Dangerous Prototypes tool list

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Tools we use


Aoyue 968 3-in-1 rework station


Our trusty Aoyue 968 was the first real electronics tool we bought. It's a three-in-one rework station with a soldering iron, hot air rework tool, and solder fume extractor, all for around $100. Ian looked at it inside and out in a Hack a Day article.

The adjustable temperature iron is a huge step up from the cheap fixed-temperature tools we used in the past. It takes standard Hakko tips, but we just replaced the first one recently after more than 5 years of heavy use. The first part to actually break was the handle of the soldering iron, probably from rough use while desoldering. A replacement iron assembly, with cable, tip, and everything, was only $14. The replacement iron came with a chisel bit we didn't like, so we swapped in the original and continued to use it instead.

Fume extraction won't appeal to everyone, but we sure like it. A tube near the tip of the iron sucks up rosin fumes and blows them out the rework tool. It makes soldering a lot more pleasant, though the pump can be a bit loud. Not everyone hates solder fumes, but they make Ian sick and this has been a huge help.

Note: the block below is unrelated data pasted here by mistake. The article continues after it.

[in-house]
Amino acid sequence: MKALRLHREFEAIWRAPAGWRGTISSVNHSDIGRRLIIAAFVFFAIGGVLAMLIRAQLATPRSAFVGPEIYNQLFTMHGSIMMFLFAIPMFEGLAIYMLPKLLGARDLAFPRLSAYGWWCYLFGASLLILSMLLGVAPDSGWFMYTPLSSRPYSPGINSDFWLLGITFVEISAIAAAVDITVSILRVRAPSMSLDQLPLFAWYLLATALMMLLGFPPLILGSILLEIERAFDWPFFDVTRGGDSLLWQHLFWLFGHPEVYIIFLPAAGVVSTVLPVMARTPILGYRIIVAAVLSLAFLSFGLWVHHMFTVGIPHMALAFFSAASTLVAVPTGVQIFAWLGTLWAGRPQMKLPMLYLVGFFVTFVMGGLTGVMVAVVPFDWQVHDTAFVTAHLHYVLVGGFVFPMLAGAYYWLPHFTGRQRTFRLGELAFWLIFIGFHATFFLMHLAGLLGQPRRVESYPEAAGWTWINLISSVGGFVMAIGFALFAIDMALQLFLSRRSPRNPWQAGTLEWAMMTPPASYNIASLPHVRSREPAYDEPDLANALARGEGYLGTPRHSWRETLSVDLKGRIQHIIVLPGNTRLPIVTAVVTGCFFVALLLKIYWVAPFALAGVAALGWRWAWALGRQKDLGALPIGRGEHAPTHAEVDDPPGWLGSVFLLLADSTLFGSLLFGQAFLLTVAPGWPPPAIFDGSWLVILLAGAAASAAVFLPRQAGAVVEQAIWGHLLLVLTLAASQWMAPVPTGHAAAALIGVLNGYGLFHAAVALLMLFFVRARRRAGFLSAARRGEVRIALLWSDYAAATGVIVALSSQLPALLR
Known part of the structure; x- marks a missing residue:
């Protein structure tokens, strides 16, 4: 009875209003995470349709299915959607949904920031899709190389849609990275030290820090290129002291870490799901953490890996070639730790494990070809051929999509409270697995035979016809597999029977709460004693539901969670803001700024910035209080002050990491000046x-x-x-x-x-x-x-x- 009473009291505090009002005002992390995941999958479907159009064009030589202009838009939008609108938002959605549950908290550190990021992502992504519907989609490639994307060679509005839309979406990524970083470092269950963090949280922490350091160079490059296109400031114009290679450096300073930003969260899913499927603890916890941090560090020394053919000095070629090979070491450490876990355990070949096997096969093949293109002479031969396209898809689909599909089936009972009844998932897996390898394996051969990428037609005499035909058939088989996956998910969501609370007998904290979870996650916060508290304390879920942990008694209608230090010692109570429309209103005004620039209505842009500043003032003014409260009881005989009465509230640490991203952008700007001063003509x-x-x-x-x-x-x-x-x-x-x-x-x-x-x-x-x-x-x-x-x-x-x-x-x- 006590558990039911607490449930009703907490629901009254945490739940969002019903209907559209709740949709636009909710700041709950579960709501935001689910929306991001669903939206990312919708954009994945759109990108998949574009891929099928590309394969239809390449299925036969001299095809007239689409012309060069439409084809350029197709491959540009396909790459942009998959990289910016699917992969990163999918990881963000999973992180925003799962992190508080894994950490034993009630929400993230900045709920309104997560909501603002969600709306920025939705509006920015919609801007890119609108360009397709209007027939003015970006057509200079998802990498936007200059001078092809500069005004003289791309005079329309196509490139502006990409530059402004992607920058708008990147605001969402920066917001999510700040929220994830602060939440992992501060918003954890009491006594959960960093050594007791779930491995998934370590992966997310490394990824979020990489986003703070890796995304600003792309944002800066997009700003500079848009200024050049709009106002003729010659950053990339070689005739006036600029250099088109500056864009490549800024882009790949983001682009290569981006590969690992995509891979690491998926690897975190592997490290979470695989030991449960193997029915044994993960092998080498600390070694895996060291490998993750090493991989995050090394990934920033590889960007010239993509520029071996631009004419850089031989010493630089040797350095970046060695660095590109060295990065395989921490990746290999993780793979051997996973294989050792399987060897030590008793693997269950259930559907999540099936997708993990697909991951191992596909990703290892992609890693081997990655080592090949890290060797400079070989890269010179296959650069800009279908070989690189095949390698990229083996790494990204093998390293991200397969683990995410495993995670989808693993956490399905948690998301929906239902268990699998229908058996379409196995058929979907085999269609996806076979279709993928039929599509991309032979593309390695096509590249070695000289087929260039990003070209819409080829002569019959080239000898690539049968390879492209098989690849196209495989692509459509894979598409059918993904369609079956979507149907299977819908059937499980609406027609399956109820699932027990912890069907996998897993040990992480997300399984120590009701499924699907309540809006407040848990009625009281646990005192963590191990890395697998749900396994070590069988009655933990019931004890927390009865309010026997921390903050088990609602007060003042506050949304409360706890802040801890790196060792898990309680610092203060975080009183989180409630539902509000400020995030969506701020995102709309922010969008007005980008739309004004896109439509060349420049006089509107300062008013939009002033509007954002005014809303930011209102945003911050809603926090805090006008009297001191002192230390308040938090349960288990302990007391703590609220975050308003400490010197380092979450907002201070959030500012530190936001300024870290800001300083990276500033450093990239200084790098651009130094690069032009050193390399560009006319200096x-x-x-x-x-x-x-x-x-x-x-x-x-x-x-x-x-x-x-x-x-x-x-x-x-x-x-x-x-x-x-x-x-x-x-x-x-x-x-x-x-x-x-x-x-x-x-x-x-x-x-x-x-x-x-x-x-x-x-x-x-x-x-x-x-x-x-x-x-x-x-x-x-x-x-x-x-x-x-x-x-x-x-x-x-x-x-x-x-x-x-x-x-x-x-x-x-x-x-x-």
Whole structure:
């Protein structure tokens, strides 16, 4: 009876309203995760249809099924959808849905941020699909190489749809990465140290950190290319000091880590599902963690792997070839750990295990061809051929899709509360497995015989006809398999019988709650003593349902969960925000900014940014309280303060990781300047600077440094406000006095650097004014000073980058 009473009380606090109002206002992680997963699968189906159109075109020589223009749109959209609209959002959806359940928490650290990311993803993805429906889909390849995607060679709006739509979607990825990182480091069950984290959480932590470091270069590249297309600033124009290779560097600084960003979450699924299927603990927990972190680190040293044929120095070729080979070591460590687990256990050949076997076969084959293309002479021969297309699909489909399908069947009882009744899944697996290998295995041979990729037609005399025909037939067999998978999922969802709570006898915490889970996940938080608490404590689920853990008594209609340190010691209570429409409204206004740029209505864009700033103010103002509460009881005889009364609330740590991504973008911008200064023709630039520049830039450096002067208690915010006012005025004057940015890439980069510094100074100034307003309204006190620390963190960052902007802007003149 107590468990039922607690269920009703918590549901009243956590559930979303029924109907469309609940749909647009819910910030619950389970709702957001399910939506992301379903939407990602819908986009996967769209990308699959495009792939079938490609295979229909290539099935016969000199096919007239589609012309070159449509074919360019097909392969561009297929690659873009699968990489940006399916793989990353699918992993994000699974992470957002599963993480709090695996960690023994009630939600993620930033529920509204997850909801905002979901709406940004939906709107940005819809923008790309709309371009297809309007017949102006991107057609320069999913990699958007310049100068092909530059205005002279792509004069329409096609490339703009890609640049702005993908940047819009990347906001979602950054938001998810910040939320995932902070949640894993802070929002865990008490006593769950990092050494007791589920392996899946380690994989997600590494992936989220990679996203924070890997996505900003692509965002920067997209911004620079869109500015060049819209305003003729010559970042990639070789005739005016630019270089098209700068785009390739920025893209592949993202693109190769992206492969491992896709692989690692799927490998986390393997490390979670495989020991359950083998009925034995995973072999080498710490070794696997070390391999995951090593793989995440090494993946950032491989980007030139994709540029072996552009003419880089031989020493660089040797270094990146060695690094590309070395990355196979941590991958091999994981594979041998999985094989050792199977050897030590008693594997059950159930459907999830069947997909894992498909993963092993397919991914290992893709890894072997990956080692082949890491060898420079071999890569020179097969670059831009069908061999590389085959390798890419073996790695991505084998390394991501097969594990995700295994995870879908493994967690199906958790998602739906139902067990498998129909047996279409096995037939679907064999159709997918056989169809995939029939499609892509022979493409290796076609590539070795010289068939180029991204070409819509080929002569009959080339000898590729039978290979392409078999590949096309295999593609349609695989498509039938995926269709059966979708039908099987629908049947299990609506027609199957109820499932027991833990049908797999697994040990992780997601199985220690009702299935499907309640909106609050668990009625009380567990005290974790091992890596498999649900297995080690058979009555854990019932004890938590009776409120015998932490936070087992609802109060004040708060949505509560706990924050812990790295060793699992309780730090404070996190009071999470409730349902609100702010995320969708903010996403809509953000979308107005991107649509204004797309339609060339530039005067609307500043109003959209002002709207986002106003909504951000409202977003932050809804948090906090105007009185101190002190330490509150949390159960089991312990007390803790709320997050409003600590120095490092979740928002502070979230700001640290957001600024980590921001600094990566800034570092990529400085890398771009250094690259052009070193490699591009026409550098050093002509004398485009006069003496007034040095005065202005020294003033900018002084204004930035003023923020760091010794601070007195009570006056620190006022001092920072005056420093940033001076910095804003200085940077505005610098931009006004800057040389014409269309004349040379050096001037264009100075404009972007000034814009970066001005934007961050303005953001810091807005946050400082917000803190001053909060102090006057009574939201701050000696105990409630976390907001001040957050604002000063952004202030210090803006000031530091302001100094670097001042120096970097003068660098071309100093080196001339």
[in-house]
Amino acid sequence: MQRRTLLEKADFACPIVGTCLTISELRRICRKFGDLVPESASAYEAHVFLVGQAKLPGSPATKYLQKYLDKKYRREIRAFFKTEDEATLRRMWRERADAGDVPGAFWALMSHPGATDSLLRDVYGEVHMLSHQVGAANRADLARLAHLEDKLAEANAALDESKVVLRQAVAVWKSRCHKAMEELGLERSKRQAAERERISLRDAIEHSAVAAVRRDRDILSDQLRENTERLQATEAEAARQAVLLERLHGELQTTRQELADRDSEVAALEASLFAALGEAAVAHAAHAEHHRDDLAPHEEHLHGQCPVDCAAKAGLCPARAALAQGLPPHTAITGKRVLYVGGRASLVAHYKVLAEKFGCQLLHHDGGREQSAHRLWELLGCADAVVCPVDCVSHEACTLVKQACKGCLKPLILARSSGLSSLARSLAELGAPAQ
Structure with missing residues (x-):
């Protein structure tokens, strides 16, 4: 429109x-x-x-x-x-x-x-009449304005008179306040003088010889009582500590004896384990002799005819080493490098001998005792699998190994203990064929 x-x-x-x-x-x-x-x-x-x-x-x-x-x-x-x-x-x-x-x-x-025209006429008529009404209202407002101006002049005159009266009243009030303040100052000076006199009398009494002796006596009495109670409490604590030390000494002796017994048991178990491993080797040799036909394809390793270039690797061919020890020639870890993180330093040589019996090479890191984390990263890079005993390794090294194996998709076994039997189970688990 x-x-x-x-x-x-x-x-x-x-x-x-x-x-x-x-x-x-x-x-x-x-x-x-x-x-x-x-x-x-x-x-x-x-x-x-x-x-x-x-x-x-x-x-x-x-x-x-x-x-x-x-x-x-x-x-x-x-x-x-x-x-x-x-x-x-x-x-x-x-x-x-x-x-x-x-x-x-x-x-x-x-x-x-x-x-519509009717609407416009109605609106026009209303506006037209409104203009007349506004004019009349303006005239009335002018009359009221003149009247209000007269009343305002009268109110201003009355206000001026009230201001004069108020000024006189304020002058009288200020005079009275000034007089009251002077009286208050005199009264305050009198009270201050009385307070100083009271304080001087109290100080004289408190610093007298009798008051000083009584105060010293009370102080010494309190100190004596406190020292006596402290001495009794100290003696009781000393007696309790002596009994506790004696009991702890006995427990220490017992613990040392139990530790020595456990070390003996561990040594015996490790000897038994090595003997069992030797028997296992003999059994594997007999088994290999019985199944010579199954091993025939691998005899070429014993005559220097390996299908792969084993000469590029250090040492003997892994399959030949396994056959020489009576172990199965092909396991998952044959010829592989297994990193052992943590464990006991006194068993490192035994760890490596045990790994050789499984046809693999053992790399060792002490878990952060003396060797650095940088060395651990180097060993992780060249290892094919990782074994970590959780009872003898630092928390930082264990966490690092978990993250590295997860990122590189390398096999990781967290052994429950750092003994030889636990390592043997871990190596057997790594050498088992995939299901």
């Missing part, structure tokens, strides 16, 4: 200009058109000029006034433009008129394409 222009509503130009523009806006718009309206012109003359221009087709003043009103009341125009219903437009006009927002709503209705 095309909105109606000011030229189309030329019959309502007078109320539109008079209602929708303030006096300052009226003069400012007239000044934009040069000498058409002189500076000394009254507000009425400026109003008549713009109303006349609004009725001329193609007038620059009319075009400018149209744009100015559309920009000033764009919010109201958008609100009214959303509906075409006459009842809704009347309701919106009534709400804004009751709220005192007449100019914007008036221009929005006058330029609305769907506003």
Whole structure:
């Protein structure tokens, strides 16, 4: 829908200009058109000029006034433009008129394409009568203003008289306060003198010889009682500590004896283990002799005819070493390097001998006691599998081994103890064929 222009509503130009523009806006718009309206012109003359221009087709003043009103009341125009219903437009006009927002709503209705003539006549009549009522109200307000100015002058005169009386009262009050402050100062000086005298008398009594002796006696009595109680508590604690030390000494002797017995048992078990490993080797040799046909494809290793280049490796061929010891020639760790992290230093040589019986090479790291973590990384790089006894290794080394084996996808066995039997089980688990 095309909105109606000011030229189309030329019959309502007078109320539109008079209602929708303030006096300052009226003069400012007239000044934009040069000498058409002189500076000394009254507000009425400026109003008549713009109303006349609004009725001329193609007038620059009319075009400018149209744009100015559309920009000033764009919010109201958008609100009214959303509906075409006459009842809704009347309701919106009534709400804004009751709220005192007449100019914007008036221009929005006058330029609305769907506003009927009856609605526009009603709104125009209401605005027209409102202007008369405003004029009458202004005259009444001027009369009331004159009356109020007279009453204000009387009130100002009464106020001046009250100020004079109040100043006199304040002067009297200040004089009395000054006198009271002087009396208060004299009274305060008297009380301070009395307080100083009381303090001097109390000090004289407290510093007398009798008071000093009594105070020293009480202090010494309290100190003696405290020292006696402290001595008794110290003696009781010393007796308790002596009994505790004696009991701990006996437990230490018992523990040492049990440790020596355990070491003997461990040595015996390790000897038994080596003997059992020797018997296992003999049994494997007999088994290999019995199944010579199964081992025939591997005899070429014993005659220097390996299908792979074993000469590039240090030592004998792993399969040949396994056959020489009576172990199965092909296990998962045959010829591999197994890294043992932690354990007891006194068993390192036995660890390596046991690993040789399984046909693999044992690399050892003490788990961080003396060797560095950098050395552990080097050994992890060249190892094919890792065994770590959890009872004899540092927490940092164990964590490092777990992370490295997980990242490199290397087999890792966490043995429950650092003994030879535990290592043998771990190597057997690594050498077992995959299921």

Hot air is a must for surface mount prototyping. The hot air tool worked great for about 5 years, but recently it appears to have developed a short in the temperature sensor wire. When the cable bends the wrong way, the temperature display jumps to maximum and it goes into an auto-shutdown mode. We bought the Aoyue 852 below to replace the hot air part, but we wouldn't hesitate to buy another 968 because it provided years of great service for a ridiculously low price.

We love this tool and highly recommend it to anyone.

The Aoyue 968 is pictured with the OptiVisor magnifier available at Adafruit. Buy it, it will make your life better.

Aoyue 852 hot air station


The Aoyue 852 is a dedicated hot air rework station. Hot air is probably the easiest way to remove soldered parts from a PCB, especially large chips with 100+ pins.